How Can Dry Needling Help My Recovery?
The Many Benefits of Dry Needling
Although it’s true that there are a number of different methods that are used to eliminate neuromuscular dysfunction, dry needling is considered to be one of the more effective methods. This particular method is able to diagnose and treat pain that can lead to functional deficits, which can be particularly bad for professional athletes as well as those who enjoy engaging in physical activity on a regular basis. If you have pain that you want to get treated, it is very important that you look into everything this method has to offer before making a final decision of any kind.
What is Dry Needling?
Dry needling consists of inserting thin filament needles in order to stimulate the healing process of soft tissues, which results in pain relief as well as restoration of healthy overall physiology. This method involves the manipulation of muscle “trigger points”, ligaments, tendons, and other parts of the body to relieve pain in those who have sustained various types of injuries.
These “trigger points” are hyperirritable points in skeletal muscle that are commonly associated with a hypersensitive palpable nodule or “knot”. This area can become painful at the site and radiate in certain predictable patterns. Dry needling focuses on these points and stimulates the healing process so that is doesn’t take quite as long as it normally would.
How it Works
The dry needling techniques have proven to achieve both biochemical and mechanical effects that can be beneficial for many different people. Numerous scientific studies have revealed that this particular type of treatment has been very effective for people with a wide variety of chronic and acute conditions as well as injuries.
Trigger points are known to have abnormal electrical activity and are surrounded by numerous chemicals that are known to cause inflammation. There has been quite a bit of research that indicates that when a needle is successfully inserted into a trigger point and generated a local switch response, it can return the electrical and chemical environment within the muscle back to its former relaxed state. Deactivated trigger points draw white blood cells as well as plasma cells into the area, creating a healing response.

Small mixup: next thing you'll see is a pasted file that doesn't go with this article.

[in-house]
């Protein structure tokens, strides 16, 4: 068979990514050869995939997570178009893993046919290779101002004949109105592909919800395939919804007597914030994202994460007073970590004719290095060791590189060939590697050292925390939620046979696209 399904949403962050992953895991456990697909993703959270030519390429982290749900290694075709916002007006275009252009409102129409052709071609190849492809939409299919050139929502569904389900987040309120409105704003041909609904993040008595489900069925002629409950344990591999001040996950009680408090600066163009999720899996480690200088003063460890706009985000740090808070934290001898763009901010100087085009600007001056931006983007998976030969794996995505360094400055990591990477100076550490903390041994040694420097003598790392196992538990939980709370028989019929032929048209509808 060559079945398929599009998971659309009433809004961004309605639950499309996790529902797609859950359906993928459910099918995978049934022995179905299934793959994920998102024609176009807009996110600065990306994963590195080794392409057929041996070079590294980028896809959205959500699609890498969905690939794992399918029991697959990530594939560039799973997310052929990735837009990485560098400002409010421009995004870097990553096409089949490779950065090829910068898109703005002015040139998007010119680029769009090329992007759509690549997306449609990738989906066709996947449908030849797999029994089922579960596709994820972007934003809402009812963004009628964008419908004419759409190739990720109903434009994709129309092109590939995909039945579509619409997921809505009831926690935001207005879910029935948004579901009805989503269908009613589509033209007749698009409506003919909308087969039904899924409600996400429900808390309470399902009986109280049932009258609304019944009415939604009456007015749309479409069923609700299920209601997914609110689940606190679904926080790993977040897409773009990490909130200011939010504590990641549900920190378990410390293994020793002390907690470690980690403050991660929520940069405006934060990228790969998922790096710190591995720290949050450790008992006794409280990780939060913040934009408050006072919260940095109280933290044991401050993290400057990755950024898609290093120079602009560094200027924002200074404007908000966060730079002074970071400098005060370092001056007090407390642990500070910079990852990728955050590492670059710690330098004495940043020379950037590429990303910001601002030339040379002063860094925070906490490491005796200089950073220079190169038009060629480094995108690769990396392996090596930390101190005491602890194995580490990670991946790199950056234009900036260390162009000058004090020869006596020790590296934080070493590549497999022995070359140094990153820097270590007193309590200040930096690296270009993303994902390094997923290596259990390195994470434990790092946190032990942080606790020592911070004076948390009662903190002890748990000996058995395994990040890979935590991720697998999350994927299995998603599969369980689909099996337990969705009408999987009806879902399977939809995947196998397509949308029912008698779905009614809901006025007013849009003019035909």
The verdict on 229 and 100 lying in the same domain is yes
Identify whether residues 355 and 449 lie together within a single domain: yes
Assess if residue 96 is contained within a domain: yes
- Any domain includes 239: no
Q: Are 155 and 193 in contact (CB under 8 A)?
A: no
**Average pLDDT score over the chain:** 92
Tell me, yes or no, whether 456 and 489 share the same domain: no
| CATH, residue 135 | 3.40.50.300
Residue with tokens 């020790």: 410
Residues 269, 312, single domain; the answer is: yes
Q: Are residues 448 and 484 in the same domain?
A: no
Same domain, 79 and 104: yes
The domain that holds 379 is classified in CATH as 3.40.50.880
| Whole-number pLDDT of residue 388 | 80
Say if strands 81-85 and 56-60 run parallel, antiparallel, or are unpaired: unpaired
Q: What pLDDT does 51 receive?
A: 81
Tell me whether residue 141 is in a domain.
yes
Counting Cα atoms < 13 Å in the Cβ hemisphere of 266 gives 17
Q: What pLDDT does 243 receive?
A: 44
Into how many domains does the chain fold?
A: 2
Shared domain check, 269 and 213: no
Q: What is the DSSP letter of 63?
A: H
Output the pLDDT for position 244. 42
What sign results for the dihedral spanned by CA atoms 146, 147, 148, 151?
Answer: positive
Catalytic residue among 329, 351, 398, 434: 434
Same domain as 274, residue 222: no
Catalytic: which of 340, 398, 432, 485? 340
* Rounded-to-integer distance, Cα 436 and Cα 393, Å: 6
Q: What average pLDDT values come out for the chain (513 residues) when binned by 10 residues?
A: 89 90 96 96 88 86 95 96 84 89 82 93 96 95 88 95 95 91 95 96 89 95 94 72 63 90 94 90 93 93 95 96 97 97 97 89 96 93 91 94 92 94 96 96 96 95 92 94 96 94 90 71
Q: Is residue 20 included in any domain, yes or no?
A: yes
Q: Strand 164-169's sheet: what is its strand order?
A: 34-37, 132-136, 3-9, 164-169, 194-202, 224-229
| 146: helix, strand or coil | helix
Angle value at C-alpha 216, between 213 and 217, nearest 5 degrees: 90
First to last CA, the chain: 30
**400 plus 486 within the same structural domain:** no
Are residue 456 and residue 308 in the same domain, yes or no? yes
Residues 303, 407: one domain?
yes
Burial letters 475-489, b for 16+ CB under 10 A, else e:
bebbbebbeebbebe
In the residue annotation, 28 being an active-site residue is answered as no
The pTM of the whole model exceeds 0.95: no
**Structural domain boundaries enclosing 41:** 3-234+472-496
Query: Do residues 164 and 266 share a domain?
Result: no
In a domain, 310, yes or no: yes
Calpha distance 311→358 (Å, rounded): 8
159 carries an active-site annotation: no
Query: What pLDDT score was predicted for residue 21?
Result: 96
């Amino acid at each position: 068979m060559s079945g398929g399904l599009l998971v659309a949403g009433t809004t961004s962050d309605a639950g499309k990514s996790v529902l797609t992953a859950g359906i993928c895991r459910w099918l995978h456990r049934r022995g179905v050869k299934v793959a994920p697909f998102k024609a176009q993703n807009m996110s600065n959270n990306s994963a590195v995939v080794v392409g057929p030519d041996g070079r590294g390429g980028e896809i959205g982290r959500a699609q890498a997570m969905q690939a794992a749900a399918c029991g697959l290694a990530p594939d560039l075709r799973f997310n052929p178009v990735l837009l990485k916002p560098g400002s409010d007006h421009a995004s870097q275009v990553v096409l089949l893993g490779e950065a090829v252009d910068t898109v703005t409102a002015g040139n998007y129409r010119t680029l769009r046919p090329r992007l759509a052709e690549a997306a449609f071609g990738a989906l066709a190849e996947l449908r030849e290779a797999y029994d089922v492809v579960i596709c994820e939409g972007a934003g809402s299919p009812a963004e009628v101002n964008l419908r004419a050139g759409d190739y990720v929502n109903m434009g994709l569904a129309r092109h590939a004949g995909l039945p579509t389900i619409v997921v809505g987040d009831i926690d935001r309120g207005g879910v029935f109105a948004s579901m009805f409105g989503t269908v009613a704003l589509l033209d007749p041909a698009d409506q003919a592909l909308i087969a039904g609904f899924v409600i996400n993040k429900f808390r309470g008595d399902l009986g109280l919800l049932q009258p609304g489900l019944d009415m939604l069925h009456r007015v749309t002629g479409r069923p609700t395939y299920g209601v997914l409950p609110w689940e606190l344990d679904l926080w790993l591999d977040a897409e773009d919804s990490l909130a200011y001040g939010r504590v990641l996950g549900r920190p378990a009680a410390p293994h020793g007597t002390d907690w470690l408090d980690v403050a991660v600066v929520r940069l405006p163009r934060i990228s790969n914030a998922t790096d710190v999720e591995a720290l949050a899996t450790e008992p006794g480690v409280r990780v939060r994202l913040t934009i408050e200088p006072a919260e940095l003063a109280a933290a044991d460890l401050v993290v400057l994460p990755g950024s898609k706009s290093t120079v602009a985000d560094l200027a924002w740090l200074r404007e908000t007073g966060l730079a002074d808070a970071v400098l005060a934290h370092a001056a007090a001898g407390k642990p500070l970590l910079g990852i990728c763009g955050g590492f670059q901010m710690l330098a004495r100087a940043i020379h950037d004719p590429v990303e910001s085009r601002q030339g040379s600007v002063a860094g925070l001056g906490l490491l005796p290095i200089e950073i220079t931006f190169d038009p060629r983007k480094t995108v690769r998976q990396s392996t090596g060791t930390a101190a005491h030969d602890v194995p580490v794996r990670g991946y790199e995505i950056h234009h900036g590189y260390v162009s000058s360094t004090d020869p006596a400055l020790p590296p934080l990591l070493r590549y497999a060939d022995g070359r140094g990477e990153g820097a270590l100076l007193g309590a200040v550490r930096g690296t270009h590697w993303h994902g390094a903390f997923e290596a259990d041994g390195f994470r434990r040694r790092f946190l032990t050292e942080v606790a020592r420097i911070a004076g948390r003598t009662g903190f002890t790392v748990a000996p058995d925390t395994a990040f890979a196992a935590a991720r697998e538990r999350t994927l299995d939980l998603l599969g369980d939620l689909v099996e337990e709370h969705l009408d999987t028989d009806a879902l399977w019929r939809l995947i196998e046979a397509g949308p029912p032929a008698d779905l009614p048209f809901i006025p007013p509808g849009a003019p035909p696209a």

What is the Difference Between Dry Needling and Acupuncture?
There are a number of differences between dry needling and acupuncture, including the objectives and philosophy behind each one. Dry needling is based entirely on western neuro-anatomy and scientific study, as opposed to acupuncture, which is based on traditional Chinese philosophies and medicine. It is widely believed that dry needling is far more effective than acupuncture, simply because it is more so based on science as opposed to theories or philosophies that have no factual basis whatsoever.
Are the Treatments Painful?
Most people who undergo dry needling do not feel any pain at all when the needle is being inserted. There may be a brief pain sensation due to the “twitch response” when the needle is inserted, and it is commonly described by patients as a tingling, cramping, or aching sensation. For the most part, however, these treatments are not painful in any lasting or significant way.
Who can Benefit from Dry Needling?
There are a number of people who can benefit from dry needling, including those who have a number of different musculoskeletal problems that are linked to acute/chronic injuries, neck/back pain, headaches, Tendinitis, muscle spasms, fibromyalgia, muscle strains, hip/knee pain, and much more.
Overall, dry needling is widely believed to be incredibly beneficial for people who are suffering from a wide variety of conditions and injuries. While not everyone responds the same way to these treatments, they can be incredibly effective when it comes to relieving pain and speeding up the healing process significantly. If you have some sort of injury that you want to fix faster, dry needling is certainly an option worth looking into.
Although it’s true that there are a number of different methods that are used to eliminate neuromuscular dysfunction, dry needling is considered to be one of the more effective methods. This particular method is able to diagnose and treat pain that can lead to functional deficits, which can be particularly bad for professional athletes as well as those who enjoy engaging in physical activities on a regular basis. If you have pain that you want to get treated, it is very important that you look into everything this method has to offer before making a final decision of any kind.
There is a major difference between general rehabilitation following an injury and one that has a sports-specific focus. For the discerning athlete there is simply no comparison between the two. Seeking any treatment that doesn’t place a focus on the movements and forces that an athlete can expect to experience in their specific sport could prove to be a crucial mistake for an athlete competing at any level of play. An elite athlete attending standard physical therapy sessions would be akin to taking a Maserati into the local mechanic’s garage and hoping that everything turns out alright.
Knee injuries are one of the most common musculoskeletal injuries suffered by athletes across all age groups. As more and more young athletes have become enrolled in high-performance sports programs over the last decade the incidence of serious knee injury has risen significantly. Fortunately, thanks to advancements in both surgical and therapeutic procedures in this same time window the recovery window has been shortened while the likelihood of a successful recovery from major knee injury has risen as well.
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